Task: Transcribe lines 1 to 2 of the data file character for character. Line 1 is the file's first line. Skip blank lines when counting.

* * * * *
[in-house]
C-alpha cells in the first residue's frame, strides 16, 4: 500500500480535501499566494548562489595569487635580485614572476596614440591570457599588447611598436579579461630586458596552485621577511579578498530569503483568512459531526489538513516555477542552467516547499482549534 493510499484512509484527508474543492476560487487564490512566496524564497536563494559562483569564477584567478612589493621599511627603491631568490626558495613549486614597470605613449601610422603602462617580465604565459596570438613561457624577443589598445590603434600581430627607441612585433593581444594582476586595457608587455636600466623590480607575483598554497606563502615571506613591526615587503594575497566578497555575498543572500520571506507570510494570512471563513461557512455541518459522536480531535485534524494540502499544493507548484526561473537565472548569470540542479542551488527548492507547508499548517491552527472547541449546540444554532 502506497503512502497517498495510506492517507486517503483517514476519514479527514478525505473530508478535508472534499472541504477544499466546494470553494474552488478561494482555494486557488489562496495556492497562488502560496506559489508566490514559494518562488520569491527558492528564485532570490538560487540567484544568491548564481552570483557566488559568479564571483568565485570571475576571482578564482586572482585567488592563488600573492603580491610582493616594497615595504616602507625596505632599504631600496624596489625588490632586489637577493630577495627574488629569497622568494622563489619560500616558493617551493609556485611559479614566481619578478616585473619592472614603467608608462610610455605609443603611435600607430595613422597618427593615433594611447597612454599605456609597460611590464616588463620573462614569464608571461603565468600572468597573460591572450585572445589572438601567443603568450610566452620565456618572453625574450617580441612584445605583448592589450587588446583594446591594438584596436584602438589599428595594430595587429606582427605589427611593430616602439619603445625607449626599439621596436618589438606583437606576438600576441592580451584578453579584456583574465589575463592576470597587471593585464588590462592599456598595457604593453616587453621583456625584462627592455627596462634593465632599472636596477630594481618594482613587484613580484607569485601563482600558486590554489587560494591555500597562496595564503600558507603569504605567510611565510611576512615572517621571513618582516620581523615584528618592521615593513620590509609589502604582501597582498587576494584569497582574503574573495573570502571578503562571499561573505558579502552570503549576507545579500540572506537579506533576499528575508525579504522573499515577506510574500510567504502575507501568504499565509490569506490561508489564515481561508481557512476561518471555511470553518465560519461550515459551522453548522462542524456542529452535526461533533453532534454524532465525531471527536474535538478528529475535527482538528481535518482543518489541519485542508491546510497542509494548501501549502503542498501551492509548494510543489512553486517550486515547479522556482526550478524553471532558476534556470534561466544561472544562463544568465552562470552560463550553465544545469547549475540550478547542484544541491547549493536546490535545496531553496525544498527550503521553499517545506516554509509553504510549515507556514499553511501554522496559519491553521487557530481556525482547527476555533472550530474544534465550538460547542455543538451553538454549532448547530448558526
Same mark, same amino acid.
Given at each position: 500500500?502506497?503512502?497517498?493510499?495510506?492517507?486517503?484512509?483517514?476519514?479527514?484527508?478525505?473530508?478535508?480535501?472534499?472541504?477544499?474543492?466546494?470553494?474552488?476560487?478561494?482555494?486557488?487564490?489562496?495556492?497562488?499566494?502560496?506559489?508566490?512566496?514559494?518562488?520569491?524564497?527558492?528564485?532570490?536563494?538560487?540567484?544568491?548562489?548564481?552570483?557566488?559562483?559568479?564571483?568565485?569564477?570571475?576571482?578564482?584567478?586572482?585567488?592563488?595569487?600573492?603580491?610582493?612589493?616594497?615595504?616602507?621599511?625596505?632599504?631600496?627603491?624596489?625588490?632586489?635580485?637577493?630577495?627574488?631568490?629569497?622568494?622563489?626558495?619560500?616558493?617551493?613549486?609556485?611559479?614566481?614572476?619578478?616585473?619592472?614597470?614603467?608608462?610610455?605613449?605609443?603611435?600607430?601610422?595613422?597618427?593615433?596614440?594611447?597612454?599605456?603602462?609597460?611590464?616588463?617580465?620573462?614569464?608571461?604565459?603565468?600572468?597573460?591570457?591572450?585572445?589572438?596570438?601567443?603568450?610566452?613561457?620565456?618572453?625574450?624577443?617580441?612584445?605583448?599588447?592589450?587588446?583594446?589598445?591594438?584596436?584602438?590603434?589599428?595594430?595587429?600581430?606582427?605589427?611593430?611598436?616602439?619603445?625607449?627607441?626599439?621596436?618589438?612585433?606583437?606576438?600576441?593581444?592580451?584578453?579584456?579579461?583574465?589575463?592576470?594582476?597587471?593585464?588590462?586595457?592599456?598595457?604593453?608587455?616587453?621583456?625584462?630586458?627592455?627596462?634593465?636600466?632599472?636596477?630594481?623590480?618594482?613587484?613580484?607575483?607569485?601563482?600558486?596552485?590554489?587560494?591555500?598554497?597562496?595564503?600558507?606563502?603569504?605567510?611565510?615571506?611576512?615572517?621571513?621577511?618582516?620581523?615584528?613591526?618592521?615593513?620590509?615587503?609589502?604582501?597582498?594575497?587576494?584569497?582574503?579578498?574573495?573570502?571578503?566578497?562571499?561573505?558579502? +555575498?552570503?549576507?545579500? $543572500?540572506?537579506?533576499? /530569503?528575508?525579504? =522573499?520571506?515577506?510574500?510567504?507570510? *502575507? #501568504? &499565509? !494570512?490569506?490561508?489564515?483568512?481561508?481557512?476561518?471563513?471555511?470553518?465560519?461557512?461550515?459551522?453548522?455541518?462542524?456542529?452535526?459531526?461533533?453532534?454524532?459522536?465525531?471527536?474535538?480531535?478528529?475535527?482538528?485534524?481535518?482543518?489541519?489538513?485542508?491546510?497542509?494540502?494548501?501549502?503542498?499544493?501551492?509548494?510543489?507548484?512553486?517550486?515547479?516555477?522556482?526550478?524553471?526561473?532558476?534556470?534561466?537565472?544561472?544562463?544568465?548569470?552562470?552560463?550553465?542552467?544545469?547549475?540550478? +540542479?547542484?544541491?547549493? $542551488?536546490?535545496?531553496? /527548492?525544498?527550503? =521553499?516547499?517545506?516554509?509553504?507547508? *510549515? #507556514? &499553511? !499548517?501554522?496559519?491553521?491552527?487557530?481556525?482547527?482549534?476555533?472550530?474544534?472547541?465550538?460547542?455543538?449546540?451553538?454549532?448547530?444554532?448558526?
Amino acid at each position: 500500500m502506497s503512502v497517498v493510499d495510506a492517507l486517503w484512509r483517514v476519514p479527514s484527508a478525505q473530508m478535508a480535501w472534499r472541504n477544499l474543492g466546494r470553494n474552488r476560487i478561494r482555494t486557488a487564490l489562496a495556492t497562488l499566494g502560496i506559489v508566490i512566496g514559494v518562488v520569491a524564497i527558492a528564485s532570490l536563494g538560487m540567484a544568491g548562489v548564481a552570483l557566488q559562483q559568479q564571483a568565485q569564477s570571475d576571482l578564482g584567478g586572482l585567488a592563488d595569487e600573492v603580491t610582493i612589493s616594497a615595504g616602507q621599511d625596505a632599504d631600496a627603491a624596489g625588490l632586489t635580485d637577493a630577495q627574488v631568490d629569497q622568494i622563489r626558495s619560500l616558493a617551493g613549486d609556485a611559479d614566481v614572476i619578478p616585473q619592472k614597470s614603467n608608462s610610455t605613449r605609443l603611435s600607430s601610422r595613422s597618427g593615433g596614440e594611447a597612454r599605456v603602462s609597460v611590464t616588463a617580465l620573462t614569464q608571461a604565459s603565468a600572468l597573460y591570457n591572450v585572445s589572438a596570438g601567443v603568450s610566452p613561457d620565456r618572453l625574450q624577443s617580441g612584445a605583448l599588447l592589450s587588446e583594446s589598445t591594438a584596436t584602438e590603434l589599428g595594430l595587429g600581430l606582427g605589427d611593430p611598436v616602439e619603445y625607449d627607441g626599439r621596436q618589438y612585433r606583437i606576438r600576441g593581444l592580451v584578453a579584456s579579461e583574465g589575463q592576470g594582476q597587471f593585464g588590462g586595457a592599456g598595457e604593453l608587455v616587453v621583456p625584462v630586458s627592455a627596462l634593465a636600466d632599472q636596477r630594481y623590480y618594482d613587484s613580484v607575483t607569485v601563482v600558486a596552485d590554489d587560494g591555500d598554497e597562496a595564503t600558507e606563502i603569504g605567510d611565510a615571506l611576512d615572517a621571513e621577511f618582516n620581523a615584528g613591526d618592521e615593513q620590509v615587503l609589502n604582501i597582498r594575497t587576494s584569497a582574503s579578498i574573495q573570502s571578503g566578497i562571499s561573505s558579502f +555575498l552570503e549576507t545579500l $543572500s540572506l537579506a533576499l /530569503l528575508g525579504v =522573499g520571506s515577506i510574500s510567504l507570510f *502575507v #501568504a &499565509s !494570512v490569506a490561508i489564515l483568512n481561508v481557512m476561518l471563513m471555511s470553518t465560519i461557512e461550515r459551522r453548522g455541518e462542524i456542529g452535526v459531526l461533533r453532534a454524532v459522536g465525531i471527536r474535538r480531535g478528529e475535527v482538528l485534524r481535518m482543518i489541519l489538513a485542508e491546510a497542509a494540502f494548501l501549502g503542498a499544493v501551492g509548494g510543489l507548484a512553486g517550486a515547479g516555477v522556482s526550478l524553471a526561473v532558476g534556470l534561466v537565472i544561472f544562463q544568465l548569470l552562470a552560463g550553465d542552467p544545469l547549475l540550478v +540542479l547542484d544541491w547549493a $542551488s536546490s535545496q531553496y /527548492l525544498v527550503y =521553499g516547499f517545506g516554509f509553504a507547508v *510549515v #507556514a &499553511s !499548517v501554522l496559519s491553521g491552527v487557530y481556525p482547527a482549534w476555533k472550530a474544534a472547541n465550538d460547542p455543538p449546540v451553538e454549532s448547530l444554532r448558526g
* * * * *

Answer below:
[in-house]
C-alpha cells in the first residue's frame, strides 16, 4: 500500500480535501499566494548562489595569487635580485614572476596614440591570457599588447611598436579579461630586458596552485621577511579578498530569503483568512459531526489538513516555477542552467516547499482549534 493510499484512509484527508474543492476560487487564490512566496524564497536563494559562483569564477584567478612589493621599511627603491631568490626558495613549486614597470605613449601610422603602462617580465604565459596570438613561457624577443589598445590603434600581430627607441612585433593581444594582476586595457608587455636600466623590480607575483598554497606563502615571506613591526615587503594575497566578497555575498543572500520571506507570510494570512471563513461557512455541518459522536480531535485534524494540502499544493507548484526561473537565472548569470540542479542551488527548492507547508499548517491552527472547541449546540444554532 502506497503512502497517498495510506492517507486517503483517514476519514479527514478525505473530508478535508472534499472541504477544499466546494470553494474552488478561494482555494486557488489562496495556492497562488502560496506559489508566490514559494518562488520569491527558492528564485532570490538560487540567484544568491548564481552570483557566488559568479564571483568565485570571475576571482578564482586572482585567488592563488600573492603580491610582493616594497615595504616602507625596505632599504631600496624596489625588490632586489637577493630577495627574488629569497622568494622563489619560500616558493617551493609556485611559479614566481619578478616585473619592472614603467608608462610610455605609443603611435600607430595613422597618427593615433594611447597612454599605456609597460611590464616588463620573462614569464608571461603565468600572468597573460591572450585572445589572438601567443603568450610566452620565456618572453625574450617580441612584445605583448592589450587588446583594446591594438584596436584602438589599428595594430595587429606582427605589427611593430616602439619603445625607449626599439621596436618589438606583437606576438600576441592580451584578453579584456583574465589575463592576470597587471593585464588590462592599456598595457604593453616587453621583456625584462627592455627596462634593465632599472636596477630594481618594482613587484613580484607569485601563482600558486590554489587560494591555500597562496595564503600558507603569504605567510611565510611576512615572517621571513618582516620581523615584528618592521615593513620590509609589502604582501597582498587576494584569497582574503574573495573570502571578503562571499561573505558579502552570503549576507545579500540572506537579506533576499528575508525579504522573499515577506510574500510567504502575507501568504499565509490569506490561508489564515481561508481557512476561518471555511470553518465560519461550515459551522453548522462542524456542529452535526461533533453532534454524532465525531471527536474535538478528529475535527482538528481535518482543518489541519485542508491546510497542509494548501501549502503542498501551492509548494510543489512553486517550486515547479522556482526550478524553471532558476534556470534561466544561472544562463544568465552562470552560463550553465544545469547549475540550478547542484544541491547549493536546490535545496531553496525544498527550503521553499517545506516554509509553504510549515507556514499553511501554522496559519491553521487557530481556525482547527476555533472550530474544534465550538460547542455543538451553538454549532448547530448558526